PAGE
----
We have a great resource in University of Minnesota’s FINBIN data that Bob Craven’s team gathers along with the diligent work done by farm management teams in analyzing and summarizing the results. That data provides some perspective on how financial results have dramatically changed since the go-go years of 2007 to 2012 for the grain industry. In my assessment, the period from 2007 to 2012 was an economic aberration and the periods prior and post 2007 to 2012 may be more the normal standard.
An economic aberration or not, record profits during the period from 2007 to 2012 were set up by a convergence of timely events. To start these events was the growth in emerging nations tied with the great recession that resulted in the Federal Reserve lowering interest rates and devaluing the dollar, which encouraged agricultural exports. Add the biofuel mandates and weather factors which occasionally resulted in grain supply shortages and you have the fuel for record profits. For the group of nearly one thousand grain producers represented in FINBIN data, the median net farm income from 2007 to 2012 was approximately $170,000 in constant 2014 dollars. Contrast that to the five-year period of 2002 to 2006 where the profits were approximately $67,000 for producers in the data summary. The period from 2007 to 2012 exhibits nearly 2.5 times greater profits than the prior period. The bottom line for grain producers is to realistically recognize this recent super cycle is not typical.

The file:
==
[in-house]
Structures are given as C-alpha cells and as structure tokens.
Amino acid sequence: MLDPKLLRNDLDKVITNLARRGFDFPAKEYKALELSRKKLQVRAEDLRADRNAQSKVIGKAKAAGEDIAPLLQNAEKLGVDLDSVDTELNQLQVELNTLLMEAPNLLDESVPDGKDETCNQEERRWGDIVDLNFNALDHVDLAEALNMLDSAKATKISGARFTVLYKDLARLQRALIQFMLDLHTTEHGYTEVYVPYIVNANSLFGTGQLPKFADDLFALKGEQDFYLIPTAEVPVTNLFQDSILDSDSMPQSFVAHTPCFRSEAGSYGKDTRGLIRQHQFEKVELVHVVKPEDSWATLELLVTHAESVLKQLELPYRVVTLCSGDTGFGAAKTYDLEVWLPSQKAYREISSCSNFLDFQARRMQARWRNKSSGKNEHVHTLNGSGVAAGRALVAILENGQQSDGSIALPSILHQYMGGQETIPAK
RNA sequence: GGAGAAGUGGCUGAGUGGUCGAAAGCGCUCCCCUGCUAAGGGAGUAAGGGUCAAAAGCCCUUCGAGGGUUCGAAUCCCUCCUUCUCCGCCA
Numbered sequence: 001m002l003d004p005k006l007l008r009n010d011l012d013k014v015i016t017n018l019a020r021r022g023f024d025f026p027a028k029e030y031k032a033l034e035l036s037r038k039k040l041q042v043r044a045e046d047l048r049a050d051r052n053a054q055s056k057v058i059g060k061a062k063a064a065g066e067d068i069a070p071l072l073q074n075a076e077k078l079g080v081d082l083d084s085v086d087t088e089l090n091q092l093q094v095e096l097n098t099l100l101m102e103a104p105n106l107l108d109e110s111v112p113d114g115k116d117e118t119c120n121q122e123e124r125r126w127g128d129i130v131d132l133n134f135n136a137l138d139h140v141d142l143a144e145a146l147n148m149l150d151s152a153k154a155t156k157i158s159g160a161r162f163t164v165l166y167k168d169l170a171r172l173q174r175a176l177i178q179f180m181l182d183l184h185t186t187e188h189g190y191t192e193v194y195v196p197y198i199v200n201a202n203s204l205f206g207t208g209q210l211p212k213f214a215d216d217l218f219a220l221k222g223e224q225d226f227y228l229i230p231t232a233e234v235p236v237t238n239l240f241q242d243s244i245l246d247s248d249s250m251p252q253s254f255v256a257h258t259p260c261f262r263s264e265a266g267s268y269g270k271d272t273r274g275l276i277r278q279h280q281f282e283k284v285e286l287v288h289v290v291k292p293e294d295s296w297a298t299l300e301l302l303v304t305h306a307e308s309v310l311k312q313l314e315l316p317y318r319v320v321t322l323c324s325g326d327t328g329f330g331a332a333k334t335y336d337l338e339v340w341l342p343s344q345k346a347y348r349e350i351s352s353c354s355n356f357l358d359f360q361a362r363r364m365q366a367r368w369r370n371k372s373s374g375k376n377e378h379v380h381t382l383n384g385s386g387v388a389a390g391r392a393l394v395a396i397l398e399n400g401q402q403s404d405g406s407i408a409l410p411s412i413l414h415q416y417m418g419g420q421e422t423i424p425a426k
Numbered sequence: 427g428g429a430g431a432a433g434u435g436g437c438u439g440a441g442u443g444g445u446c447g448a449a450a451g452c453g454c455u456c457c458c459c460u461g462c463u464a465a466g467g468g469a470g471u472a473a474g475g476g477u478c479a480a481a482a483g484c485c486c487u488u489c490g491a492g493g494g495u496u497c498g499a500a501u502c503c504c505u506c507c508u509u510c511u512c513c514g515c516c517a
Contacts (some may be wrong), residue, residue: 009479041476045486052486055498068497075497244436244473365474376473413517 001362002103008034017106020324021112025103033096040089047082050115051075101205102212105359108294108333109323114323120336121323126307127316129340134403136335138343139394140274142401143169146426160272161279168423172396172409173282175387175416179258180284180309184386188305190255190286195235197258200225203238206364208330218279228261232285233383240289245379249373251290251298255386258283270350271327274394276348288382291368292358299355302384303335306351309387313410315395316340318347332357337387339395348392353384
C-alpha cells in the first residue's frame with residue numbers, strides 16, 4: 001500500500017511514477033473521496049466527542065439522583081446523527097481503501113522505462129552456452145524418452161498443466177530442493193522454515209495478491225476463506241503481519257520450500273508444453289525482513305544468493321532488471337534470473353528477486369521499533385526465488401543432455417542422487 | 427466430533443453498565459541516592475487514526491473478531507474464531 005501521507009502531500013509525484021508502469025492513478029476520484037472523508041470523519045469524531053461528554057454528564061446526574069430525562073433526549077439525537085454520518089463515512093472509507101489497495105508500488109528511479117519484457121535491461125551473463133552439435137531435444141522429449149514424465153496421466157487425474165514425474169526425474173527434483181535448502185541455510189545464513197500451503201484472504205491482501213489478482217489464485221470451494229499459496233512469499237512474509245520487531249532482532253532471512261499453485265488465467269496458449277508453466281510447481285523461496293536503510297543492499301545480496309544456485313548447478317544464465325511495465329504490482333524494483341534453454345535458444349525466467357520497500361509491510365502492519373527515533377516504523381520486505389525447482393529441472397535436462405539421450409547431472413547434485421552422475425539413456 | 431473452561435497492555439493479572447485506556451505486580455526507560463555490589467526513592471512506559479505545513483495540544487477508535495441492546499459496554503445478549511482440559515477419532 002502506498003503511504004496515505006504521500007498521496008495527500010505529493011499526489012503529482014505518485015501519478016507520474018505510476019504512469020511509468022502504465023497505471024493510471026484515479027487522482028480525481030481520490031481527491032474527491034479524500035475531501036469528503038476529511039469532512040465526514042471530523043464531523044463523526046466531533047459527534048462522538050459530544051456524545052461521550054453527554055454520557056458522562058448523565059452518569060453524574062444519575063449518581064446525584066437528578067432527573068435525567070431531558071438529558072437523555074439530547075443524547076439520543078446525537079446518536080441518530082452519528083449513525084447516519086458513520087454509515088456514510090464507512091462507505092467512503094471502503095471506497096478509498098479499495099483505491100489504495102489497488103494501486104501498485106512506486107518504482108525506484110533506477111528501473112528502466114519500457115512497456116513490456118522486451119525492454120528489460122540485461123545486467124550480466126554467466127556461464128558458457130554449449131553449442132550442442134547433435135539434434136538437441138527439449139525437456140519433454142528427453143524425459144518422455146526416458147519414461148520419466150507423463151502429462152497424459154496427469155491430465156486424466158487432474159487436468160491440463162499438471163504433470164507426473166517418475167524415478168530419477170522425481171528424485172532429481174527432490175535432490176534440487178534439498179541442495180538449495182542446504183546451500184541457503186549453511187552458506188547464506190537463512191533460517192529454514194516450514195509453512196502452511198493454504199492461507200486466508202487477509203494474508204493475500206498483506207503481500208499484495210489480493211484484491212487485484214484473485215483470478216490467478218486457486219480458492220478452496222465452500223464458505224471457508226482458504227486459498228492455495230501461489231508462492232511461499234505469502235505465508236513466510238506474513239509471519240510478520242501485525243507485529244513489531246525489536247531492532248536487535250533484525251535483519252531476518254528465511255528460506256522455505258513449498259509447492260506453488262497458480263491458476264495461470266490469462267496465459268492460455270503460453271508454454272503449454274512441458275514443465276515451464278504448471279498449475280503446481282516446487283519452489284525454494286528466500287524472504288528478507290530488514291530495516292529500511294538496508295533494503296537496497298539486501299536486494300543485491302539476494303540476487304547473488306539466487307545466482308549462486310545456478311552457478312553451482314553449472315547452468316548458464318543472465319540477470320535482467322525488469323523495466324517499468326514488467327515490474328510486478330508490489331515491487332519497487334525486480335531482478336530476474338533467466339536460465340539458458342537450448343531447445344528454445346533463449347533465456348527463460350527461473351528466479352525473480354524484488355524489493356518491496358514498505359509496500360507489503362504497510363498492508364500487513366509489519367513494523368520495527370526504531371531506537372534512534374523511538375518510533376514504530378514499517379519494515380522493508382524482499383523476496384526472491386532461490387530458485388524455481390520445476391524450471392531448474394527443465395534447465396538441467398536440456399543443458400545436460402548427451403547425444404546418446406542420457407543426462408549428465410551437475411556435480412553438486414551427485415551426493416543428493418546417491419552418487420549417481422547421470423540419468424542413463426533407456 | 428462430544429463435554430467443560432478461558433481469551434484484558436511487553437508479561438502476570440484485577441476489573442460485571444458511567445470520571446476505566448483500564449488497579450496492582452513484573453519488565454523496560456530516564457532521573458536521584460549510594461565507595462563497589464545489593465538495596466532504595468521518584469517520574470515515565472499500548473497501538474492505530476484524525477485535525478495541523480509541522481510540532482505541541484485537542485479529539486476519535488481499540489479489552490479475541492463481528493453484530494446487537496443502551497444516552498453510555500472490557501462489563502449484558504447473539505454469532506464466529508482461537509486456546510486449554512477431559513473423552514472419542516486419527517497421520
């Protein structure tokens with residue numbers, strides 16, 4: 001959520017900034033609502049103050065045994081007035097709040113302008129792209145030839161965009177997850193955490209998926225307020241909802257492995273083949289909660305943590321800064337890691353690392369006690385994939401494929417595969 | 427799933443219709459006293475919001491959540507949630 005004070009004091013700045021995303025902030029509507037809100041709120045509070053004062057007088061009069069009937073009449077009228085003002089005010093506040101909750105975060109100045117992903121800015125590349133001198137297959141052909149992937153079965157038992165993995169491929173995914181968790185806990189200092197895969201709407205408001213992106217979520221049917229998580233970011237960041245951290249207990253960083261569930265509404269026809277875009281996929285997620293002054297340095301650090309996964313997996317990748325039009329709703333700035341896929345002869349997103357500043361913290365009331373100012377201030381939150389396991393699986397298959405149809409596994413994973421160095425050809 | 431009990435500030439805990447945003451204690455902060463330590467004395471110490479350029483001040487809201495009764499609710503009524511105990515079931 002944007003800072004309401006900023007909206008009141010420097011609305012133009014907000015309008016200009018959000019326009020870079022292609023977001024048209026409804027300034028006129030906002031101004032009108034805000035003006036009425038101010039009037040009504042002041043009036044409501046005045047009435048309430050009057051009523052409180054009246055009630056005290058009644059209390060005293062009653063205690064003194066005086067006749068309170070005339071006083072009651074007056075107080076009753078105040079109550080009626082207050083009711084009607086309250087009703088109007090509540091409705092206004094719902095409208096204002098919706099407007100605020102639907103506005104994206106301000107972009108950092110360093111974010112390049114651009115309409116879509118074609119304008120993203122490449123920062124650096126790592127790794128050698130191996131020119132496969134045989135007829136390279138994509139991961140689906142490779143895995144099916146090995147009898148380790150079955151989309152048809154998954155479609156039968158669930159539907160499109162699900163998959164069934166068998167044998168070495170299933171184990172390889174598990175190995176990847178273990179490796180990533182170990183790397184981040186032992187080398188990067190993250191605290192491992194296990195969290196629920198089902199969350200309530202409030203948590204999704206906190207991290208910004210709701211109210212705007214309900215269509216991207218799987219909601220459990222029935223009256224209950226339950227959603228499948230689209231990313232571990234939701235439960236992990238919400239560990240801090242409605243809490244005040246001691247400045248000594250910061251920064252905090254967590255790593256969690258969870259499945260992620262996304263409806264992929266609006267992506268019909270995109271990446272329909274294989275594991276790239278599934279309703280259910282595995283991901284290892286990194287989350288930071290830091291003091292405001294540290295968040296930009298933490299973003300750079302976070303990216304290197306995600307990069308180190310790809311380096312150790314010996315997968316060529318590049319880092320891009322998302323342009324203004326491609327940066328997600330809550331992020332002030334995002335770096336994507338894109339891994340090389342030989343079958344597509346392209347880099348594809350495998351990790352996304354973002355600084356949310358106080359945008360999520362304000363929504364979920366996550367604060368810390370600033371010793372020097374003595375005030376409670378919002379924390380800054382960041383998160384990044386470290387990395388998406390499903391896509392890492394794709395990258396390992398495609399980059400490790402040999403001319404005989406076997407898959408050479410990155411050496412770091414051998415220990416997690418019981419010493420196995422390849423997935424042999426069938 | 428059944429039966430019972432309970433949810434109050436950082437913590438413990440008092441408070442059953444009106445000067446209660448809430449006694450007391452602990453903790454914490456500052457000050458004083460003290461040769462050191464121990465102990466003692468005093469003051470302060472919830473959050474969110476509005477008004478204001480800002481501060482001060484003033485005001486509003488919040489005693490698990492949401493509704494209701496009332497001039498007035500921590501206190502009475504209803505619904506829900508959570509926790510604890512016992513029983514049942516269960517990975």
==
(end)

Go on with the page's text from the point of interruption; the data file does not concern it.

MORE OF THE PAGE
When considering the rest of the story, we see that profits of the FINBIN grain producers have dropped like Clayton Kershaw’s curveball, major league baseball’s 2014 most valuable player from the Los Angeles Dodgers. Grain producers in the 2013 to 2014 period had a median net income of approximately $33,000. When compared to the 2001 to 2002 period, just prior to the commodity super cycle, the median net income was approximately $37,000. A long term trend cannot be determined by two year periods prior or post; nevertheless, adjustments in profit levels appear to be settling in. Multi-year, high profits cause margin compression as fixed and variable costs increase. This is just another example of the old saying, “high profits cure high profits.”
Next time I will discuss the adjustments producers will need to make to be successful in the current economic environment.